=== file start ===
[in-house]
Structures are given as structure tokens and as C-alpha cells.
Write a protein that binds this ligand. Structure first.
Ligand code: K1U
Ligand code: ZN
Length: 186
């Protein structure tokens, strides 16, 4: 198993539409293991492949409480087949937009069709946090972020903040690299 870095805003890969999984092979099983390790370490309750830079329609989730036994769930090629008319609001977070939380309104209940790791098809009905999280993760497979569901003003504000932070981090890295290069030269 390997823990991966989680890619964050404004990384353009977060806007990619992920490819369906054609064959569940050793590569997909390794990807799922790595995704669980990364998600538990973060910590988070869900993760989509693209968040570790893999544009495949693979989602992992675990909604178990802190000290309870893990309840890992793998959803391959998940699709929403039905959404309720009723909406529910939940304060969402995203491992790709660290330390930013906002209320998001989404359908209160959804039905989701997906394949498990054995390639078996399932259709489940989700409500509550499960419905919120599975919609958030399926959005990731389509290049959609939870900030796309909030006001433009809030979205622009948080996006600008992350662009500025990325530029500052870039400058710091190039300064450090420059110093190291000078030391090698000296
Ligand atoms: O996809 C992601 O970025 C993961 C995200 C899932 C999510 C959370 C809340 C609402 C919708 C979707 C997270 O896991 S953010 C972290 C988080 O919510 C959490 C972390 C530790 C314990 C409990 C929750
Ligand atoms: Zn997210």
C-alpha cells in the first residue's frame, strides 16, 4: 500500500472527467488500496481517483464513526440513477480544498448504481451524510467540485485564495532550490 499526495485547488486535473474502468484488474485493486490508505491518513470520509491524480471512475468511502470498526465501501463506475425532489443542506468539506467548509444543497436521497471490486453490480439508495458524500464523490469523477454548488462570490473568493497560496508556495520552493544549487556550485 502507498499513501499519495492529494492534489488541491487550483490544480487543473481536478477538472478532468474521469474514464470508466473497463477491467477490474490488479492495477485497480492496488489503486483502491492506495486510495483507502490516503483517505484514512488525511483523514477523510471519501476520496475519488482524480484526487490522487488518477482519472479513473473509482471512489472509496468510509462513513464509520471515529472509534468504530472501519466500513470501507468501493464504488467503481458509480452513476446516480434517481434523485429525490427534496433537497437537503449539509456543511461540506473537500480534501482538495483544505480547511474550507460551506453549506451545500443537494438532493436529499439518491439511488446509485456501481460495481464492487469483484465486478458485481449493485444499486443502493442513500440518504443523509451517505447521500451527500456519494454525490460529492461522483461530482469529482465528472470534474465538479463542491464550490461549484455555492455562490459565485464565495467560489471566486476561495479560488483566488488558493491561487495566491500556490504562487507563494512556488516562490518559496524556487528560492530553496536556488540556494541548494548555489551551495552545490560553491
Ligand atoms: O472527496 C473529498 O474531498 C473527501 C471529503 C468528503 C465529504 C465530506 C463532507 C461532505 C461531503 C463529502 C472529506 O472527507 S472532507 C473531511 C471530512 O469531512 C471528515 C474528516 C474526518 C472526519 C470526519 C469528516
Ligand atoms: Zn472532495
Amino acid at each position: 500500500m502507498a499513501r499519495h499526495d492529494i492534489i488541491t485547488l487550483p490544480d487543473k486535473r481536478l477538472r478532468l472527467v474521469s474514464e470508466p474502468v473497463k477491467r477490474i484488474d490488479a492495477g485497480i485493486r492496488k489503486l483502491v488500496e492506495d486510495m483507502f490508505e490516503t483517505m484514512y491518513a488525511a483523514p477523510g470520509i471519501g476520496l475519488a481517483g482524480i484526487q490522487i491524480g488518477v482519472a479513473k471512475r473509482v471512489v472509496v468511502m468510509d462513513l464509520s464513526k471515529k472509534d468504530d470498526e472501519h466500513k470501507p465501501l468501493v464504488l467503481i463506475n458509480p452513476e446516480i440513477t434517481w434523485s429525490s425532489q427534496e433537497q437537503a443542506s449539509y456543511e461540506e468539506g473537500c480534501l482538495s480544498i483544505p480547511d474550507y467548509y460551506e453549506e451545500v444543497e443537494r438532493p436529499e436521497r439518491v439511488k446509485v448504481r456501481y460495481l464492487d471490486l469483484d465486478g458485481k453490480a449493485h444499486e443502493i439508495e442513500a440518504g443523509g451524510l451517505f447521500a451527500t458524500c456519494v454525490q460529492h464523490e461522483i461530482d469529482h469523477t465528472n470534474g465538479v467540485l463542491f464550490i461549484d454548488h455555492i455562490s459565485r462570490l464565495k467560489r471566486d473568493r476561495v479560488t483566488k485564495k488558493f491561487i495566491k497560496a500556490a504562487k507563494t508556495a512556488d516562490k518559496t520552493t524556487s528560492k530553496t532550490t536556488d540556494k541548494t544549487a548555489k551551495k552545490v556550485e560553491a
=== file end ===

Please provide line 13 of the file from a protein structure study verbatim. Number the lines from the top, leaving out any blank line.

Amino acid at each position: 500500500m502507498a499513501r499519495h499526495d492529494i492534489i488541491t485547488l487550483p490544480d487543473k486535473r481536478l477538472r478532468l472527467v474521469s474514464e470508466p474502468v473497463k477491467r477490474i484488474d490488479a492495477g485497480i485493486r492496488k489503486l483502491v488500496e492506495d486510495m483507502f490508505e490516503t483517505m484514512y491518513a488525511a483523514p477523510g470520509i471519501g476520496l475519488a481517483g482524480i484526487q490522487i491524480g488518477v482519472a479513473k471512475r473509482v471512489v472509496v468511502m468510509d462513513l464509520s464513526k471515529k472509534d468504530d470498526e472501519h466500513k470501507p465501501l468501493v464504488l467503481i463506475n458509480p452513476e446516480i440513477t434517481w434523485s429525490s425532489q427534496e433537497q437537503a443542506s449539509y456543511e461540506e468539506g473537500c480534501l482538495s480544498i483544505p480547511d474550507y467548509y460551506e453549506e451545500v444543497e443537494r438532493p436529499e436521497r439518491v439511488k446509485v448504481r456501481y460495481l464492487d471490486l469483484d465486478g458485481k453490480a449493485h444499486e443502493i439508495e442513500a440518504g443523509g451524510l451517505f447521500a451527500t458524500c456519494v454525490q460529492h464523490e461522483i461530482d469529482h469523477t465528472n470534474g465538479v467540485l463542491f464550490i461549484d454548488h455555492i455562490s459565485r462570490l464565495k467560489r471566486d473568493r476561495v479560488t483566488k485564495k488558493f491561487i495566491k497560496a500556490a504562487k507563494t508556495a512556488d516562490k518559496t520552493t524556487s528560492k530553496t532550490t536556488d540556494k541548494t544549487a548555489k551551495k552545490v556550485e560553491a